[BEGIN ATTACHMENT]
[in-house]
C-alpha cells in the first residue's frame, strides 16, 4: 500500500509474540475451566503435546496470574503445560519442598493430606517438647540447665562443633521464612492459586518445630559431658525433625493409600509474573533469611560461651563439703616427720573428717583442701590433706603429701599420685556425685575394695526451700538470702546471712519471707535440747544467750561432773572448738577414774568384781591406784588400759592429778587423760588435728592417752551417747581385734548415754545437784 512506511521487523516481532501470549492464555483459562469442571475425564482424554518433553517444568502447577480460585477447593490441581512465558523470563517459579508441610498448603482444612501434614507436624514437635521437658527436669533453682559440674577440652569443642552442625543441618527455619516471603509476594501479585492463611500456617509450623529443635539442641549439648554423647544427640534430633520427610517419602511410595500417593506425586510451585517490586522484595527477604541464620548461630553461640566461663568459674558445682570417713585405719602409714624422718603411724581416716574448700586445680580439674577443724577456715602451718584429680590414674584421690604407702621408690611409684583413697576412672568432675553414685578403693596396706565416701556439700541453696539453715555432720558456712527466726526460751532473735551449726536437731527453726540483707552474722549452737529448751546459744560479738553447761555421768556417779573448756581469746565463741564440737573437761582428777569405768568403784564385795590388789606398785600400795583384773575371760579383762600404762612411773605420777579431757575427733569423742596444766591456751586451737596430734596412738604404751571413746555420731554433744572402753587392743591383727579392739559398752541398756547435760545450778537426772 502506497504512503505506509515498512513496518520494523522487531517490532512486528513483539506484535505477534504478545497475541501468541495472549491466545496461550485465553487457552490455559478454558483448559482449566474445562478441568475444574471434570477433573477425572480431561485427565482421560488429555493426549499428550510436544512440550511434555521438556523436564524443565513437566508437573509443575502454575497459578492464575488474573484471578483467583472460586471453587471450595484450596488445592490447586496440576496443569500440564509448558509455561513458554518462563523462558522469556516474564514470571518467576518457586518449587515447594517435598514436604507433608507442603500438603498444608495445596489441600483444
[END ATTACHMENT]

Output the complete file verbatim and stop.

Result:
[in-house]
C-alpha cells in the first residue's frame, strides 16, 4: 500500500509474540475451566503435546496470574503445560519442598493430606517438647540447665562443633521464612492459586518445630559431658525433625493409600509474573533469611560461651563439703616427720573428717583442701590433706603429701599420685556425685575394695526451700538470702546471712519471707535440747544467750561432773572448738577414774568384781591406784588400759592429778587423760588435728592417752551417747581385734548415754545437784 512506511521487523516481532501470549492464555483459562469442571475425564482424554518433553517444568502447577480460585477447593490441581512465558523470563517459579508441610498448603482444612501434614507436624514437635521437658527436669533453682559440674577440652569443642552442625543441618527455619516471603509476594501479585492463611500456617509450623529443635539442641549439648554423647544427640534430633520427610517419602511410595500417593506425586510451585517490586522484595527477604541464620548461630553461640566461663568459674558445682570417713585405719602409714624422718603411724581416716574448700586445680580439674577443724577456715602451718584429680590414674584421690604407702621408690611409684583413697576412672568432675553414685578403693596396706565416701556439700541453696539453715555432720558456712527466726526460751532473735551449726536437731527453726540483707552474722549452737529448751546459744560479738553447761555421768556417779573448756581469746565463741564440737573437761582428777569405768568403784564385795590388789606398785600400795583384773575371760579383762600404762612411773605420777579431757575427733569423742596444766591456751586451737596430734596412738604404751571413746555420731554433744572402753587392743591383727579392739559398752541398756547435760545450778537426772 502506497504512503505506509515498512513496518520494523522487531517490532512486528513483539506484535505477534504478545497475541501468541495472549491466545496461550485465553487457552490455559478454558483448559482449566474445562478441568475444574471434570477433573477425572480431561485427565482421560488429555493426549499428550510436544512440550511434555521438556523436564524443565513437566508437573509443575502454575497459578492464575488474573484471578483467583472460586471453587471450595484450596488445592490447586496440576496443569500440564509448558509455561513458554518462563523462558522469556516474564514470571518467576518457586518449587515447594517435598514436604507433608507442603500438603498444608495445596489441600483444